Terrance Dicks joined Doctor Who as junior assistant trainee script editor in 1968, when they were making The Web of Fear and desperately trying to make a roaring Yeti sound less like a flushing lavatory. He worked on the show during the end of the Patrick Troughton years, and co-wrote The War Games, Troughton's last show, with Malcolm Hulke. He stayed on as a script editor for the whole of the Jon Pertwee period, and left to write Robot, the first Tom Baker story. (This was in accordance with an ancient Who tradition, which he'd just invented, that the departing script editor writes the first show of the next season.)
In the years that followed he wrote a handful of Doctor Who scripts, finishing in 1983 with The Five Doctors, the programmes twentieth anniversary special.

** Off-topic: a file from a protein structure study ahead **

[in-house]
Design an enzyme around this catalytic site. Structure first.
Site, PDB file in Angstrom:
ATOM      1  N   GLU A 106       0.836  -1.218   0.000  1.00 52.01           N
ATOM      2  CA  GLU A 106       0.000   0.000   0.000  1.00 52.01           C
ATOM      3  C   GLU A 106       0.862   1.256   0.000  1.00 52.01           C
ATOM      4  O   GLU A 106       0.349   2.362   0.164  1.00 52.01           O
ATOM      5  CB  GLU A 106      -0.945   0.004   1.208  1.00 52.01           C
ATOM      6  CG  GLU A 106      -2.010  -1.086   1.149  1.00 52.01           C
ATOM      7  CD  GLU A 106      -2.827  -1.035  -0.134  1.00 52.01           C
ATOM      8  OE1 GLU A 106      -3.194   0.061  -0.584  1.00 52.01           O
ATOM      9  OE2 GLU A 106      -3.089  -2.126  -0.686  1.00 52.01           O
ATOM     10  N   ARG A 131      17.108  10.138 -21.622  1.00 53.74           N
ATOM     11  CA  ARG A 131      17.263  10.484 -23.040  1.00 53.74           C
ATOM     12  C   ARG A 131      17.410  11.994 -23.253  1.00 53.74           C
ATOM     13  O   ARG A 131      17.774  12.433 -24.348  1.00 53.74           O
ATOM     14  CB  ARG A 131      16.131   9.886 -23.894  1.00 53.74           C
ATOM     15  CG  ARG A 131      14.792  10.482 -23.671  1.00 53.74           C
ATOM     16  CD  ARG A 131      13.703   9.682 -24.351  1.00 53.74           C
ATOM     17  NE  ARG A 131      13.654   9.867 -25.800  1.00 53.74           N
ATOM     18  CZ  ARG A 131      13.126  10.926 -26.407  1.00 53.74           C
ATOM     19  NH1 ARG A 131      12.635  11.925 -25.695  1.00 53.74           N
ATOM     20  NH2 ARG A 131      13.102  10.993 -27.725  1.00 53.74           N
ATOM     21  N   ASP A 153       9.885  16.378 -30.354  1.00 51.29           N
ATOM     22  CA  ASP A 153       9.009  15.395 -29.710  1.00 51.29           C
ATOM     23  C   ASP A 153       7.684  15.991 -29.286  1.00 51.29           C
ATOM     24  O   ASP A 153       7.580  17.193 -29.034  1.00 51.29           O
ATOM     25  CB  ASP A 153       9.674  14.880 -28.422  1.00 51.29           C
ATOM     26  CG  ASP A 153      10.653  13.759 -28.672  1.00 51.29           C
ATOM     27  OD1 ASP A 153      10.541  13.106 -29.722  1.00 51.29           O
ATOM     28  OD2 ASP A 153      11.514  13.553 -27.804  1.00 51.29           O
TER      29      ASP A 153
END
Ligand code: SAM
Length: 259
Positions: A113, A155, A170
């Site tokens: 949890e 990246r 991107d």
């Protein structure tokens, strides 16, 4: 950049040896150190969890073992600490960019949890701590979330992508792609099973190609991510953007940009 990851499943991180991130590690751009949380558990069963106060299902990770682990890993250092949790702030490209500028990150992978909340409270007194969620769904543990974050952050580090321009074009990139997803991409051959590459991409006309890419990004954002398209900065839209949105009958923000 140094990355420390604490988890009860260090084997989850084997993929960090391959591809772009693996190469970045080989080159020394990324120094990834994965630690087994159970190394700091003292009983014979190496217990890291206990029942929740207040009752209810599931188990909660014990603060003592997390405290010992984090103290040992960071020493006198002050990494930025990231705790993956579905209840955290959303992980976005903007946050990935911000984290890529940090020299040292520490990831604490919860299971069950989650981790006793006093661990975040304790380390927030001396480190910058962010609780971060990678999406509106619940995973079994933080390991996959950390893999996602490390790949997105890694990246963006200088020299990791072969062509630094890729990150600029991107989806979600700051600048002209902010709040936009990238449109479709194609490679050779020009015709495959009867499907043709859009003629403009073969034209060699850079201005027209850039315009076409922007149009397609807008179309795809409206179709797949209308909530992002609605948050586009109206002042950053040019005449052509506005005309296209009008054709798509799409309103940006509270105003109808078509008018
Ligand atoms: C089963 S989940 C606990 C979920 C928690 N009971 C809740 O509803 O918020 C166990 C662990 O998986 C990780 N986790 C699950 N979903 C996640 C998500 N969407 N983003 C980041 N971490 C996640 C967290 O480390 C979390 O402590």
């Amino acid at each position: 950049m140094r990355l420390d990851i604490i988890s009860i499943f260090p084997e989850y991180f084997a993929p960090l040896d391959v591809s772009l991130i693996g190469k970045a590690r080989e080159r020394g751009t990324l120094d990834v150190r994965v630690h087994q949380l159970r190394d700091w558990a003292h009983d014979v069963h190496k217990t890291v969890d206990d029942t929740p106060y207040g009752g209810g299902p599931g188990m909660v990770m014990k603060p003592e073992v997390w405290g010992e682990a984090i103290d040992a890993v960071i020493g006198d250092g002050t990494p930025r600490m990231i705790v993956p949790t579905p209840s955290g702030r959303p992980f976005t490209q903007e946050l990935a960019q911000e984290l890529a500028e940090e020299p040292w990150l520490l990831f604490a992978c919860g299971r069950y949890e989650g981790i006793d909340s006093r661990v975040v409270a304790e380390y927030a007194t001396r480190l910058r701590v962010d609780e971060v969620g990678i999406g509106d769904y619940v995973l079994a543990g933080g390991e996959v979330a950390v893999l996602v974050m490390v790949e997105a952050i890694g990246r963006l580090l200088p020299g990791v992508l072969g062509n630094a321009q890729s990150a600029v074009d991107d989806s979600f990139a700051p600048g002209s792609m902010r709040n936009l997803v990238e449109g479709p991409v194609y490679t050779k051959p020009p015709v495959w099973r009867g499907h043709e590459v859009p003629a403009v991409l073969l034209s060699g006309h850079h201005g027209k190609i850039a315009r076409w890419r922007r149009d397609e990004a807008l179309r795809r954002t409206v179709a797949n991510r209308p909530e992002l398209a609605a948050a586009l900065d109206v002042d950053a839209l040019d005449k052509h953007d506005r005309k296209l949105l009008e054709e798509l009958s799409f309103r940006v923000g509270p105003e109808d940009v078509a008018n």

In the early 1970s he was in at the very beginning of the Doctor Who novelisation programme and ended up, more by luck than judgment, writing most of them - seventy something in all. He has since written a number of Doctor Who 'originals', including Exodus, part of the opening Timewyrm sequence published by Virgin, and The Eight Doctors, the first original novel published by BBC Worldwide.
He has written two Doctor Who stage plays, one a flop d'éstime (great reviews, poor audiences), the other a bit of a pantomime but a modest touring success. He has also written about a hundred non-Who books, fiction and non-fiction for young adults, but nobody ever asks about them.
In over thirty years with the Doctor he has grown older, fatter, greyer and grumpier. But not noticeably wiser.